Developing resilience: musings on learning in times of crisis

Growing personal and professional resilience by focussing on what we can control.

“My barn having burned down, I can now see the moon.”―Mizuta Masahide (17th century Japanese poet)

As we experience this extraordinary time in human history, a topic that has been very much in the public conversation has been around the concept of resilience. It seems everywhere you look, people are writing, chatting and sharing ideas about how to harness resilience to help us navigate this unusual and challenging time.

So, what is resilience? I have seen many definitions of resilience, commonly along the lines of the capacity to adapt to stressful circumstances and bounce back or recover from adversity. Another, from Merriam-Webster, is “an ability to recover from or adjust easily to misfortune or change.”

One definition of resilience I heard recently that resonates for me is "the strategies we use when striving for stability in moments of unsteadiness."

The latter definition resonates with me for three reasons. First, it is widely applicable; to how we shift our hips and move our arms when we slip on an icy Edmonton sidewalk in late January, to how we respond to a tough question from our nine-year-old child about why things can’t just go back to normal, to how we navigate the change from working in our regular working environment (office, utility plant, lab, classroom) to working in very different circumstances, be it our basements, our kitchens, or in our regular on campus location with far fewer faces in it. Second, I can take lessons learned in each of those unsteady circumstances and apply them to the others: be flexible, be curious and open, listen to others, harness empathy, recognize the magnitude of the change you are in, etc. Finally, I appreciate that it is focused on growing skills and strategies that come in to play when we find ourselves off balance, rather than focusing on those that prevent us from ending up off balance in the first place.

Regardless of the definition used, resilience essentially defines our capacity to overcome adversity and setbacks head on and to recover from them in a healthy and timely way.

I would like to share a model with you that I feel illustrates the concept of resilience well. This model comes from a webinar I recently attended hosted by Third Factor, a Canadian organization whose focus is on what Polish psychologist Dr. Kazimierez Dabrowski called the "third factor". Dr. Dabrowski discovered that in the nature versus nurture debate, something was missing: the role we play in our own development, or the desire to grow.

Third Factor - The Four Resilience Choices

Third Factor CEO, and host of the webinar, Dane Jensen, described resilience as “the set of skills used to navigate from a feeling of helplessness to one of self-efficacy.” Psychologist Albert Bandura of Stanford University proposed the concept of self-efficacy in the late 1970s. Bandura defined self-efficacy as “an individual's belief in their ability to impact their circumstances.” There are four ways to connect with self-efficacy; Third Factor calls these the “Four Resilience Choices”. These choices are:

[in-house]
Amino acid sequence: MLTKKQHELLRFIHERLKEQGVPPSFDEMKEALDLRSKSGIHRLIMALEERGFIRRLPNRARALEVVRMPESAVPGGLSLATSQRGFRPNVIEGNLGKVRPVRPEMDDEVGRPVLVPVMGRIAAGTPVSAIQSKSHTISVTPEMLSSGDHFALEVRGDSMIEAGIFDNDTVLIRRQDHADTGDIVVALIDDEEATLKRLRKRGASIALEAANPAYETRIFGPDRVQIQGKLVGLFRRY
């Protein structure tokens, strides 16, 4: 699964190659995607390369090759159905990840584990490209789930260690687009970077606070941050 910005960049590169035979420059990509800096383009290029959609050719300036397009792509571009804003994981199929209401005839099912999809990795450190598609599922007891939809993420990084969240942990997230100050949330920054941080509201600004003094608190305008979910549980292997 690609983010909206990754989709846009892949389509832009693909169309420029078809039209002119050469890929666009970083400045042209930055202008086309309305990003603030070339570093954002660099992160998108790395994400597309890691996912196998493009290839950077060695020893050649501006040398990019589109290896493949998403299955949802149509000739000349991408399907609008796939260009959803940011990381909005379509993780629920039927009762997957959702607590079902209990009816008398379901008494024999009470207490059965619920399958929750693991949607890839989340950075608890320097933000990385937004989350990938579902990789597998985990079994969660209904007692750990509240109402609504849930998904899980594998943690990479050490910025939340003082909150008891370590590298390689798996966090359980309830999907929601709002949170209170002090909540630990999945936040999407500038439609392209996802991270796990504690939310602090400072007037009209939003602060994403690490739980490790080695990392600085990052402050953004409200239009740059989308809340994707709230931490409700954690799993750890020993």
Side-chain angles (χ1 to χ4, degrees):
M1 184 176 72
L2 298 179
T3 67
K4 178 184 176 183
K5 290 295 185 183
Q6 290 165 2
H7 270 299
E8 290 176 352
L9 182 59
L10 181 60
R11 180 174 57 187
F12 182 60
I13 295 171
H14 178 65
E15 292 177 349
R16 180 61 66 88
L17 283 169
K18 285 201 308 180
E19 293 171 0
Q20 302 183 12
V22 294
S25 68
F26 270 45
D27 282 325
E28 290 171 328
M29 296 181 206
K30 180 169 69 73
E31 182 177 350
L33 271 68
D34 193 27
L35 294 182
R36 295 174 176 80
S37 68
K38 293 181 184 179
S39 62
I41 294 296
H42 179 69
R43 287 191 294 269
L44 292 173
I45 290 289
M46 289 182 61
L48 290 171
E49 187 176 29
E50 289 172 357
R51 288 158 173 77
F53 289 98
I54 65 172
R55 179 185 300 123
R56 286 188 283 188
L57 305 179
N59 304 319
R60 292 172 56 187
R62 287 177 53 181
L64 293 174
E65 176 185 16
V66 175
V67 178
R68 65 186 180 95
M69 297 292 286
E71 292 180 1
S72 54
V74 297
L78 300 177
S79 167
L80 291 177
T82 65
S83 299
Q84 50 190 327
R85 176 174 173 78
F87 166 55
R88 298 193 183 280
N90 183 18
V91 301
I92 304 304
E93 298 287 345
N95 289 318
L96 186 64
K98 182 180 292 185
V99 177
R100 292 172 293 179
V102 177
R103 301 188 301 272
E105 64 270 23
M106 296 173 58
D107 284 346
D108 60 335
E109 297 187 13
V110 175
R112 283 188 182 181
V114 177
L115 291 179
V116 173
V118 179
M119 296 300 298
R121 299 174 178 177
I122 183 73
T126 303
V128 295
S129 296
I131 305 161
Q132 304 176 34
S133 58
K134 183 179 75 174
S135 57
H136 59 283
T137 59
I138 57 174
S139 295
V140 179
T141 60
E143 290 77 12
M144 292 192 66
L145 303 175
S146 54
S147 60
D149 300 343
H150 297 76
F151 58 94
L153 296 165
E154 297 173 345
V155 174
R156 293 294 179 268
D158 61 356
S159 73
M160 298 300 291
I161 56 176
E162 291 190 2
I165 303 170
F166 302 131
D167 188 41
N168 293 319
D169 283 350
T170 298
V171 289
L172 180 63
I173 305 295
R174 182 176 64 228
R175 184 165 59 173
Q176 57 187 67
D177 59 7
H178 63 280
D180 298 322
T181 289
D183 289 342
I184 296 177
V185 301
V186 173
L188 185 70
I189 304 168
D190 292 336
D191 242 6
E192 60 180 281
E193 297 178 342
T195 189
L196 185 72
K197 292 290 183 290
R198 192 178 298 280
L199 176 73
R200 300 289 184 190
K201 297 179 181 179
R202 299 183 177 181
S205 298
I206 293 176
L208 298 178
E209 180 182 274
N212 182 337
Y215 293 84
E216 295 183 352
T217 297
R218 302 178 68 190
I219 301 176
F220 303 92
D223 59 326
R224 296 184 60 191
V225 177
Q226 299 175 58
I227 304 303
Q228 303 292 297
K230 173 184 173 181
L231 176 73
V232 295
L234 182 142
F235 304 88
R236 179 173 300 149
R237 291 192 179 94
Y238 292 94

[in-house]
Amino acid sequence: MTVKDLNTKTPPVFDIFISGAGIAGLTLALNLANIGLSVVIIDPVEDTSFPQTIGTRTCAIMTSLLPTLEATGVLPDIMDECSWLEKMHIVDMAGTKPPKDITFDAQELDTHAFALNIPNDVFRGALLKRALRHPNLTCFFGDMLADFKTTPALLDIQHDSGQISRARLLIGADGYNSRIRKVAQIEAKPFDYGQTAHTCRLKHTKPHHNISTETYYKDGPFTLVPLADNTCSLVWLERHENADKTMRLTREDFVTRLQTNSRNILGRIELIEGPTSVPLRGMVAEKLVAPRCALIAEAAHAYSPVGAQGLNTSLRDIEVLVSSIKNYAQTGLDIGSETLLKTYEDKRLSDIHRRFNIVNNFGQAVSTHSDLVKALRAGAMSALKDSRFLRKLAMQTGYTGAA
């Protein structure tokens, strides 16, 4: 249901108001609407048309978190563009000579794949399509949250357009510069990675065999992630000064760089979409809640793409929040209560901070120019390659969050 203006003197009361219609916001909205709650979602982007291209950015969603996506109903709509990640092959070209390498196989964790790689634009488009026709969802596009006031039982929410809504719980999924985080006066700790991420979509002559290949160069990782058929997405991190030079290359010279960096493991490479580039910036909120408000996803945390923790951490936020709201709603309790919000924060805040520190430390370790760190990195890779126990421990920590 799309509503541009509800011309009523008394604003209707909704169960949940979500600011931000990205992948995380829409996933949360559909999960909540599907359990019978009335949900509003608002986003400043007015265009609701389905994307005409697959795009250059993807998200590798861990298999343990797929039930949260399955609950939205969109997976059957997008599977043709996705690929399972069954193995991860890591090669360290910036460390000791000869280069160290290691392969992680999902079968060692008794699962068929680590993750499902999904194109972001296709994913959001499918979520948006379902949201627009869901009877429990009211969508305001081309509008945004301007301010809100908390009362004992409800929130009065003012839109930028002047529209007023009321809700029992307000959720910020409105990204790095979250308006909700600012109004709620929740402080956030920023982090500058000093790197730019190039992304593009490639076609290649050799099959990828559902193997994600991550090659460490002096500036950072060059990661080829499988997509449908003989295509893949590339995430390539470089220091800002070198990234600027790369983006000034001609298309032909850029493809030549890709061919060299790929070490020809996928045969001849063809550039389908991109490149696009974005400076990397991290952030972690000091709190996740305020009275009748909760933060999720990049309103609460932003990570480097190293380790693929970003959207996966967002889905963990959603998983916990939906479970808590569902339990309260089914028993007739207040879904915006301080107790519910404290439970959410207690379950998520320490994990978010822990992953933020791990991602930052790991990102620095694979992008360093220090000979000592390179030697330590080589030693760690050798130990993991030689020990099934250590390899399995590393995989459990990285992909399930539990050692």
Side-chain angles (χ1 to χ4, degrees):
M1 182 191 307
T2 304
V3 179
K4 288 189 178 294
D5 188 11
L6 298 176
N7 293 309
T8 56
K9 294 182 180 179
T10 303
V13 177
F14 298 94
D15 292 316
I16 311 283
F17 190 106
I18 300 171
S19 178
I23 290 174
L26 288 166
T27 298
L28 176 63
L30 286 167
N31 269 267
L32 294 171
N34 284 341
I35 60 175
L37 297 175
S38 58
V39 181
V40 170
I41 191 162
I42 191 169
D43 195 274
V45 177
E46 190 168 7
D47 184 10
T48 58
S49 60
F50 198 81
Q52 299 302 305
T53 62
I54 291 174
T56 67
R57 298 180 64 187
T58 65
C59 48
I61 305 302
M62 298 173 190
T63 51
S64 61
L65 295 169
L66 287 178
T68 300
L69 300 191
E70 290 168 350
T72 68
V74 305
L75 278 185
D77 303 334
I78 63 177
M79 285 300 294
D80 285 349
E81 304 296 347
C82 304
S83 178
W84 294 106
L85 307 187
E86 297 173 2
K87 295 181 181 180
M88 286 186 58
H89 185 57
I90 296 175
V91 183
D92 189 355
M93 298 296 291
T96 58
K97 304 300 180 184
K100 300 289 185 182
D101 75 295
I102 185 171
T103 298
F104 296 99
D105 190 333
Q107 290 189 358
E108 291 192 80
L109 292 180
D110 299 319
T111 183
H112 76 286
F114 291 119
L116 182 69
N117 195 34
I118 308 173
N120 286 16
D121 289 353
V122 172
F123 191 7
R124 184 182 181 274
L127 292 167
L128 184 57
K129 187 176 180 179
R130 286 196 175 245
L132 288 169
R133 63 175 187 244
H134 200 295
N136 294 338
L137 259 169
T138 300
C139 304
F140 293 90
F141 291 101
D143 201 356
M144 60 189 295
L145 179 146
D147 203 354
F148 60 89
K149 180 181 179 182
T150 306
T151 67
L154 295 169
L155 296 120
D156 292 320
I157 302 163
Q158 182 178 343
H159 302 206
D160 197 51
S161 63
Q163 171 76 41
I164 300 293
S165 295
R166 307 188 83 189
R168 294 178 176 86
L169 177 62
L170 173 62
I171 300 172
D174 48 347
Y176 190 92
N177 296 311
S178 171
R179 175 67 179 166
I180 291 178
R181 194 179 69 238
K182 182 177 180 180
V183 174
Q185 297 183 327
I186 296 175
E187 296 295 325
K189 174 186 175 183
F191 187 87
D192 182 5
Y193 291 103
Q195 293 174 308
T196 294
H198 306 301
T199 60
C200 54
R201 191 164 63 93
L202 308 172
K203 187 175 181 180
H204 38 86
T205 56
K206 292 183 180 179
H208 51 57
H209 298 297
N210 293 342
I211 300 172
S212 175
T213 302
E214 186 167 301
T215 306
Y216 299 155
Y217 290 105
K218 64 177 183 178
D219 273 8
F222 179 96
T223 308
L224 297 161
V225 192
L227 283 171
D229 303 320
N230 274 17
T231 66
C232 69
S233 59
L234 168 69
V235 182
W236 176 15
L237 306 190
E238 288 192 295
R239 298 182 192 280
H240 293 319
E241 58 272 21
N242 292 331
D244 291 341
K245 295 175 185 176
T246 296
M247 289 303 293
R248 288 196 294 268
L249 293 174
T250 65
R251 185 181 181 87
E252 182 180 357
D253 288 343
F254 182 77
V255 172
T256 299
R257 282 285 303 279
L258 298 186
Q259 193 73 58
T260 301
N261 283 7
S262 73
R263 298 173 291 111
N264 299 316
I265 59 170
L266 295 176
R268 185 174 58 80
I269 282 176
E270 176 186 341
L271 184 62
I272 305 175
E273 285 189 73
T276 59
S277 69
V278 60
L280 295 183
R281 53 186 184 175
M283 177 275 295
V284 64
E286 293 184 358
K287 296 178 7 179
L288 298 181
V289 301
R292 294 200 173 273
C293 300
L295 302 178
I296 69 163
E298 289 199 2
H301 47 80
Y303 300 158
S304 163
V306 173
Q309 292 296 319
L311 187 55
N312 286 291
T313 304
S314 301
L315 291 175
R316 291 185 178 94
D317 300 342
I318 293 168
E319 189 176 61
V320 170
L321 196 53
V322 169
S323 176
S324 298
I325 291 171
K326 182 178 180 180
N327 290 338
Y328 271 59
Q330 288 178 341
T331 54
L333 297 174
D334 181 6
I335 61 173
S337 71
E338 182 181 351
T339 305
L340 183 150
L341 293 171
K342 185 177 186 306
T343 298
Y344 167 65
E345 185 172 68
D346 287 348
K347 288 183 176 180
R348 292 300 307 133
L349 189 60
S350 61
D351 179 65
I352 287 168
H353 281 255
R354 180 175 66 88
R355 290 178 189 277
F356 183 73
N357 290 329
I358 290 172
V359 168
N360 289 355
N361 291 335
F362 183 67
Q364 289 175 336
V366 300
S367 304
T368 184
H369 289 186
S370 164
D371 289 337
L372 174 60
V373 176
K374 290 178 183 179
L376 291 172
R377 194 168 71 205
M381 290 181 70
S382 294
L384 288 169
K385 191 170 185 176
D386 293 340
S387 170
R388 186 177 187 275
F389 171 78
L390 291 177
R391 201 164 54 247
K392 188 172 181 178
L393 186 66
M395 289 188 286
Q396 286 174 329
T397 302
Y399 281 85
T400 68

1. Eliminate the stressor (and/or modify the environment). We are not always in control of this one, of course. If we are not, we need to move to the other three choices.
  2. Build and maintain physical resilience (sleep, food, movement). This factor is about the critical importance of basic self-care during crisis or adversity.
  3. Build and maintain relationships. Our safety net is made up of those around us who love and care for us unconditionally. Ask yourself, do you tend to reach out and build on or leverage relationships during adversity or do you choose to retreat? We need others in order to be resilient.
  4. Build inner skills that enhance performance under pressure and increase resilience.

The fourth choice is key. These inner skills are founded in our self-awareness. As humans we have the ability to notice and become aware of what is going on for us. This is powerful information for us to make choices regarding our behaviours and thoughts. This information is indicative of our:

  • Perspective - what story are we telling ourselves? These stories affect our confidence and performance levels, our health and well-being under stress, and our ability to bounce back from set-backs (i.e., all aspects of resilience).
  • Focus - what am I paying attention to?
  • Energy Management - what is happening with my energy level? Is it manageable?
  • Imagery - what images am I playing in my head?

Because our perspective, our focus, our energy levels and the imagery in our head are always within our control, we can harness the power of awareness to make different choices, select more positive patterns of thinking and to be more resilient.

We in Human Resource Services believe the foundation for all development starts with self-awareness. Our programs and services are founded in the concept that knowing one's values, motivations, preferences, biases, etc., is the most powerful learning tool. If you would like to know more about how to harness the power of self-awareness in order to grow your personal and professional resilience, reach out to us at org.learning@ualberta.ca. We will connect you to resources and tools that will help you grow this important personal skill.


Kimberly MacLock is an alum of the University of Alberta and for the past eight years has worked as a Learning and Development Consultant in Human Resource Services. She is responsible for designing and implementing experiential learning programs for staff. Kim holds both a Bachelor of Arts degree and a Certificate in Adult and Continuing Education from the University of Alberta. She is passionate about learning and helping others achieve their full potential.